This week finds a variety of new albums out. I Wayne brings reggae back to its roots. The Click Five may be touring with the Backstreet Boys, but they have more of an 1980s-retro sound. And the Juan Maclean’s first full-length, featuring an ambitious closer that runs past 14 minutes, is not made strictly for the dance floor.
I Wayne, ‘Lava Ground’
Many reggae artists are content to just make us dance and groove to their carefree music.
That does not apply to I Wayne. He brings reggae back to its essential roots riddims via tranquil vocals on “Lava Ground.” The Jamaican uses the album’s lead single, “Can’t Satisfy Her” to pull listeners in. Then, once he has their attention, he opens up and discusses darker subjects affecting his island, such as crime and poverty.
“Can’t Satisfy Her,” has I Wayne begging listeners to scratch beneath the surface. As much as the track presents a singsong catchy flow, it narrates the full circle and harsh reality of life as a prostitute. “One man can’t satisfy her, she need more wood for da fire. Sex price getting higher, ah more money she require,” Wayne sings on the hook.
On, “Life Seeds,” I Wayne croons about the sad state of violence in Jamaica. “Blood shedding more and more, I still get a fight though I am living pure,” I Wayne observes on the track’s chorus. “See war and crime, lot a skull a bore. Mankind get vile, they have love no more.”
Throughout most of the album, listeners will feel like they’re alongside I Wayne, sympathizing with Jamaica’s struggles. With dancehall artists like Sean Paul and Beenie Man targeting the clubs with their music, it’s refreshing to hear more socially conscious reggae artists like I Wayne delivering a message. —Mark Lelinwalla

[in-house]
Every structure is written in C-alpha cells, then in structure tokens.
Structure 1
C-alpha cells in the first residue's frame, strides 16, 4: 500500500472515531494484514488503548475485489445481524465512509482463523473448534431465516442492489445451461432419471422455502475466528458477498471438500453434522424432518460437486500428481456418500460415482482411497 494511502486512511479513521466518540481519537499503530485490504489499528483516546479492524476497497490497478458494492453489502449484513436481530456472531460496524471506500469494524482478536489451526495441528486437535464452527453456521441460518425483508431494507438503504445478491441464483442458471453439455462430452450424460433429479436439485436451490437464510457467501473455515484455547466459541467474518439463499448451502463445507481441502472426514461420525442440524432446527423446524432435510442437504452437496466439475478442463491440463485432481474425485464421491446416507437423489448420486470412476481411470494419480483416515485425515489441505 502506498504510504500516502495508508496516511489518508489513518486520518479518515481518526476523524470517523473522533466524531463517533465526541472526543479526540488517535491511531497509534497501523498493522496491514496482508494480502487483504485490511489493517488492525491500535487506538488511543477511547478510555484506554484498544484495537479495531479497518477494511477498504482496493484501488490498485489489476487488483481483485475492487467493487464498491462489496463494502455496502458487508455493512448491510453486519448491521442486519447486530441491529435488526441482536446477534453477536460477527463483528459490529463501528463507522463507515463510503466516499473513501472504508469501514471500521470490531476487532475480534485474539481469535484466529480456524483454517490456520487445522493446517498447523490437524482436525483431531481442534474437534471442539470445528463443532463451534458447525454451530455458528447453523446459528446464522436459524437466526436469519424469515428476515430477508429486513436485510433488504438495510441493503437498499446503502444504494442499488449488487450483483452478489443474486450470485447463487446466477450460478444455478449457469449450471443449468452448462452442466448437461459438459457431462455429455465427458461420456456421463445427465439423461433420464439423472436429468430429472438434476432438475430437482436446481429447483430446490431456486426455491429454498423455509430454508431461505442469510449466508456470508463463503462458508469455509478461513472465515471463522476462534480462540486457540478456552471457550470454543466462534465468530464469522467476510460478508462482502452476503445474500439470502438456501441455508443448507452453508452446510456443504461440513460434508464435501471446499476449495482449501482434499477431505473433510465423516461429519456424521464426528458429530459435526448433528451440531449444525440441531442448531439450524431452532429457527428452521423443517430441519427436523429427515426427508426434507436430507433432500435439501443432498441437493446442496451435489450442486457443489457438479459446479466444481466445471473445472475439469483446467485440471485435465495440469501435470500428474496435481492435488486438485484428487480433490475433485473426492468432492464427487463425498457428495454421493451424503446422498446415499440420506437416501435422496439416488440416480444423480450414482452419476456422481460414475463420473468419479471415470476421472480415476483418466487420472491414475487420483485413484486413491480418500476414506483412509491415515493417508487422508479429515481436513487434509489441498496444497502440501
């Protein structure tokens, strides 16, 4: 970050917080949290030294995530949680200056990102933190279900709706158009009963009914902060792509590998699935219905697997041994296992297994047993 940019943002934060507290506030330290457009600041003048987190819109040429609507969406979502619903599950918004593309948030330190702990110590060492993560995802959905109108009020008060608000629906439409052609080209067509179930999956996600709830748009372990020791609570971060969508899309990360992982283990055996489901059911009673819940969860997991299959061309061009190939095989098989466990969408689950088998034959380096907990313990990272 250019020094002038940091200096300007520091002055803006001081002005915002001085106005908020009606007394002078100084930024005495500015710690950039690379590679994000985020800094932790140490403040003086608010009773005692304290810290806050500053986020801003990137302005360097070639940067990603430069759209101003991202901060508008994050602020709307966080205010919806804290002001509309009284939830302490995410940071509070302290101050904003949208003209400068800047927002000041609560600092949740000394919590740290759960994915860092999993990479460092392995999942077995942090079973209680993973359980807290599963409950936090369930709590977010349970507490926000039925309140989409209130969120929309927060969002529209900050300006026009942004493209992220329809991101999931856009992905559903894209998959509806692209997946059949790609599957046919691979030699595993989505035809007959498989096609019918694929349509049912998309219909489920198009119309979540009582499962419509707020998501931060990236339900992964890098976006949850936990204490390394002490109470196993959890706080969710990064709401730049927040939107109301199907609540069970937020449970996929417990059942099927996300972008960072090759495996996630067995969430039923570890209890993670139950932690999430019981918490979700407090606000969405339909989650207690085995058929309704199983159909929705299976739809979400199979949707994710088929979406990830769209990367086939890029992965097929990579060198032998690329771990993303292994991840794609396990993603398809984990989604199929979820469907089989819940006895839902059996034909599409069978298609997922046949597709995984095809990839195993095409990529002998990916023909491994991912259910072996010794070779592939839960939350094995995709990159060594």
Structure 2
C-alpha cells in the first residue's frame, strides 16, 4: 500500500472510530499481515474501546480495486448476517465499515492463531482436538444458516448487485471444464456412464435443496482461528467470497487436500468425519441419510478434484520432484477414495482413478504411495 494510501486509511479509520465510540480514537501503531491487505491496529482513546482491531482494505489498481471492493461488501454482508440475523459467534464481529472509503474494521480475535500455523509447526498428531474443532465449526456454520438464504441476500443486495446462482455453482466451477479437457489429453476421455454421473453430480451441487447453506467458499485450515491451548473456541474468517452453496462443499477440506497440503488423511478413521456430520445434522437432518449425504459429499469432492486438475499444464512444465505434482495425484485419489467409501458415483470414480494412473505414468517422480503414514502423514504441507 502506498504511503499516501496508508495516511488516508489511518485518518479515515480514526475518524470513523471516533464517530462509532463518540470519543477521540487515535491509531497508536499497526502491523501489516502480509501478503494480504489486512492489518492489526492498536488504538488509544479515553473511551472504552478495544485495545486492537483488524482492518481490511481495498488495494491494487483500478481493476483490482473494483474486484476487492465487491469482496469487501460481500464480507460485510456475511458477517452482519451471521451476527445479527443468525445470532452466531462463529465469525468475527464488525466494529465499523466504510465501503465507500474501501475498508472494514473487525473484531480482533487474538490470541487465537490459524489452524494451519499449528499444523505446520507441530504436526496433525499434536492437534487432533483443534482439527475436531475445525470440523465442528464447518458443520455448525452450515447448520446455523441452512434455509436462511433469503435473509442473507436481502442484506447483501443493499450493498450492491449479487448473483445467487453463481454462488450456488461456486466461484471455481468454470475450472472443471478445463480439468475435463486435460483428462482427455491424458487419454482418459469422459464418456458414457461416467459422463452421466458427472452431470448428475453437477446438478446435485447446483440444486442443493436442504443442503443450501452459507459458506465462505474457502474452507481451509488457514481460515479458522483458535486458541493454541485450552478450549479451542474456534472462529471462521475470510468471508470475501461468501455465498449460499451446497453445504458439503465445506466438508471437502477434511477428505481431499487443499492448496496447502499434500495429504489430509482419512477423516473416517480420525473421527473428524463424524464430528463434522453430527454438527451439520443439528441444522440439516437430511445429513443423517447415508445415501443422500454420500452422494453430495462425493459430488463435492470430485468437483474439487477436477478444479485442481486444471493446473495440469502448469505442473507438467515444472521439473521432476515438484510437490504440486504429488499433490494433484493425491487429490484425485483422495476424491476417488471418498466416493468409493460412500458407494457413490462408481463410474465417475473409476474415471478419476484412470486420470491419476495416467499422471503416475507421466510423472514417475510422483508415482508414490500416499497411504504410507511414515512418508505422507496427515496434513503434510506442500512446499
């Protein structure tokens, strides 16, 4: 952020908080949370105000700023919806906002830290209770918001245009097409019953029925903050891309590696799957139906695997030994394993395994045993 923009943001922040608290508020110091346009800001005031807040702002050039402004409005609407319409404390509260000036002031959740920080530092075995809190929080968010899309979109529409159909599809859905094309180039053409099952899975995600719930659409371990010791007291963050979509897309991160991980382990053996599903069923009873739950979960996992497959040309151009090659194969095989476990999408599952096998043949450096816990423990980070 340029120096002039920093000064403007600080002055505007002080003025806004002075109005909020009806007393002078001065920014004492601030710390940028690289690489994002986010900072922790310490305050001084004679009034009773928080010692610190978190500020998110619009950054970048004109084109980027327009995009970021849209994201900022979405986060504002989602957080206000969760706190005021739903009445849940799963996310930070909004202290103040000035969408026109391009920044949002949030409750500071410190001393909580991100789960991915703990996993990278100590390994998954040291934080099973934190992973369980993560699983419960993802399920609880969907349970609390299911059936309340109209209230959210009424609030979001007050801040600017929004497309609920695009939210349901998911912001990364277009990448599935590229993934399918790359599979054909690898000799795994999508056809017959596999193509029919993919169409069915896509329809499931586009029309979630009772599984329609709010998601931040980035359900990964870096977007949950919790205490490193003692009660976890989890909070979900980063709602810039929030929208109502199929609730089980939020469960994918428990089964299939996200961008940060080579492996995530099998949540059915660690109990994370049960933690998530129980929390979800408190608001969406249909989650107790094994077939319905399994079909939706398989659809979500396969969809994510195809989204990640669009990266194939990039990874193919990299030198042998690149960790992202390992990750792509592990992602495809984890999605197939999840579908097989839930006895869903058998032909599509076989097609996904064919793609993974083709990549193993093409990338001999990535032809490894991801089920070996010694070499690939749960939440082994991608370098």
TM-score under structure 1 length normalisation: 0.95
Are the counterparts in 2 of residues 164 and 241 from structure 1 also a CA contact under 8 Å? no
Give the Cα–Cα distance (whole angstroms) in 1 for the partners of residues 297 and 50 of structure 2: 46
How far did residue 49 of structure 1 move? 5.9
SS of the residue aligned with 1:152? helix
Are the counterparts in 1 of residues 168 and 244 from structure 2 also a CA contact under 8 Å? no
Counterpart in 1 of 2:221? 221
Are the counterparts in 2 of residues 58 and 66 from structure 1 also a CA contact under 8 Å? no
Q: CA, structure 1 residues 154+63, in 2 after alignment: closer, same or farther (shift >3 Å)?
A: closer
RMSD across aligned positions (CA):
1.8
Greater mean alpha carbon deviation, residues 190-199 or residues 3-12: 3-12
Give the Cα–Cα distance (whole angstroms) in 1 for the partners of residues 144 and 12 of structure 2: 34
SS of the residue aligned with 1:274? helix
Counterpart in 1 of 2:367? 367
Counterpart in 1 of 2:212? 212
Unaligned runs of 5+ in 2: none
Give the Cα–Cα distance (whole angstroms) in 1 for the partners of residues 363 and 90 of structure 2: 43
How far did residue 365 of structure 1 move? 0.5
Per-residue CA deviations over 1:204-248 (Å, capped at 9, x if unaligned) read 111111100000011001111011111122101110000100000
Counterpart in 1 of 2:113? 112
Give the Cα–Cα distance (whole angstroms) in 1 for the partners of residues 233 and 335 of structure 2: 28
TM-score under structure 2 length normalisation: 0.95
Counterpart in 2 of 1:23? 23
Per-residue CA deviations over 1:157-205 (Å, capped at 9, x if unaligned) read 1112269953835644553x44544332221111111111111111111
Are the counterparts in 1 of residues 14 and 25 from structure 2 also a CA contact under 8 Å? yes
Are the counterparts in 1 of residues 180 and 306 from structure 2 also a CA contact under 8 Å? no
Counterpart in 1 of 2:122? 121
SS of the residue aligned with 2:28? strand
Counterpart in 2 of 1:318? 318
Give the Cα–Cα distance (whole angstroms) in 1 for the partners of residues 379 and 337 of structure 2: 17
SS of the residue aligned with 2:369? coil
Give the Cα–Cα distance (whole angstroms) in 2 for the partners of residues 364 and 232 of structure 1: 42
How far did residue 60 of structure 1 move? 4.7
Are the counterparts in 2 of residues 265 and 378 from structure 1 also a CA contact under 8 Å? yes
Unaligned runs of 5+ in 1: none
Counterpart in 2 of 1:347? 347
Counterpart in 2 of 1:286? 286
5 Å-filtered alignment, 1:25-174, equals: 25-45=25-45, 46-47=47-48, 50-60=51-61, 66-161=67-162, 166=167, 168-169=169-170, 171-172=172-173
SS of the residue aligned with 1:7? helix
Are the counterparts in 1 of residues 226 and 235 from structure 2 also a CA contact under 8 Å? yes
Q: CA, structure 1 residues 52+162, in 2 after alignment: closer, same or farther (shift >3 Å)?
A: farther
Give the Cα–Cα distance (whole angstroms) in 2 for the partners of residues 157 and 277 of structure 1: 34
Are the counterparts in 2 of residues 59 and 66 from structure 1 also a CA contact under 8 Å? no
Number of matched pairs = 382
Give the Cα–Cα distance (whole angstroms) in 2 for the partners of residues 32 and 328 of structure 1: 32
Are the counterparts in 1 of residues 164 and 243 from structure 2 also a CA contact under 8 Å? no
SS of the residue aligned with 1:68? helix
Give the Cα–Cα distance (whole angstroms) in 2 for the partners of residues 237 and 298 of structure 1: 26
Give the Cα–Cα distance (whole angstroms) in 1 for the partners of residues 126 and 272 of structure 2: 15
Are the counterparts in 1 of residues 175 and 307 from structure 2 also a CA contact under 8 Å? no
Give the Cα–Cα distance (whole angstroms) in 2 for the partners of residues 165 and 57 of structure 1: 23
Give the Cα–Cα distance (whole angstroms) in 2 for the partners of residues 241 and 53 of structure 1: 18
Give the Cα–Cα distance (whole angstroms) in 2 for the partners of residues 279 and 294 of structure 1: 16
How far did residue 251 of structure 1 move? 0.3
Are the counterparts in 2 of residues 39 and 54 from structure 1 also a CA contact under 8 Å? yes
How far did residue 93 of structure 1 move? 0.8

The Click Five, ‘Greetings from Imrie House’
Although The Click Five has been touring with The Backstreet Boys, they’re closer in sound to the wave of ’80s-sounding retro bands that have inundated the musical landscape over the past couple of years.
And like most of those groups, there’s nothing particularly distinctive about this Boston-based quintet or its debut, “Greetings from Imrie House.” The album features the same kind of disposable pop-rock that you heard on the radio two decades ago.
It doesn’t help that The Click Five’s songs seem designed for teens with high-school crushes and breakups; on “Just the Girl,” lead singer Eric Dill croons, “When she sees it’s me, on her caller ID, she won’t pick up the phone, she’d rather be alone.”
That’s not to say that some of the music isn’t fun. Or that the lads don’t sound engaging — at times. But overall, “Greetings from Imire House” is trip down memory lane that isn’t worth taking. —Nekesa Mumbi Moody
The Juan Maclean ‘Less Than Human’
The Juan Maclean’s first full-length is not made strictly for the dance floor. With a midsection set on chill and an ambitious closer that runs past the 14-minute mark, Maclean has constructed an album much like cohort James Murphy’s “LCD Soundsystem” earlier this year.
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Originally of electroshock outfit Six Finger Satellite, vague remnants of his earlier work blend here with mid-’80s Detroit thump and Krafty-instrumental-werk. Produced by in-house crew The DFA, the record includes the bass-laden “Give Me Every Little Thing.”
The eerie opening salvo “AD 2003” is followed by what could have been a “Computer World” track — man/woman/gay robot triangle. Then comes the pared-down techno of lead single “Tito’s Way,” complete with cheerleading chants and the sounds of a gym whistle.
The middle of the record retreats to the lounge before finally heading home — alone. Nancy Whang lends informal vocals throughout the album, most impressively on closer “Dance With Me.” Over a downtempo beat, garnished with squelchy synth and straight Windham Hill-piano, she pleads: “Come on over and dance with me .... Yeah, I wanna make you move” in a beaten voice that belies her words.
Judging by the title one could assume “Less Than Human” is a cold, mechanical affair. Its unexpected then that a lot of these songs are actually dotted with humanity: the nostalgic flute that drifts through “Love Is In The Air,” the emotional weight holding up a number of other tracks and most of all a pervading sense that time is indeed running out — so dance. —Jake O’Connell
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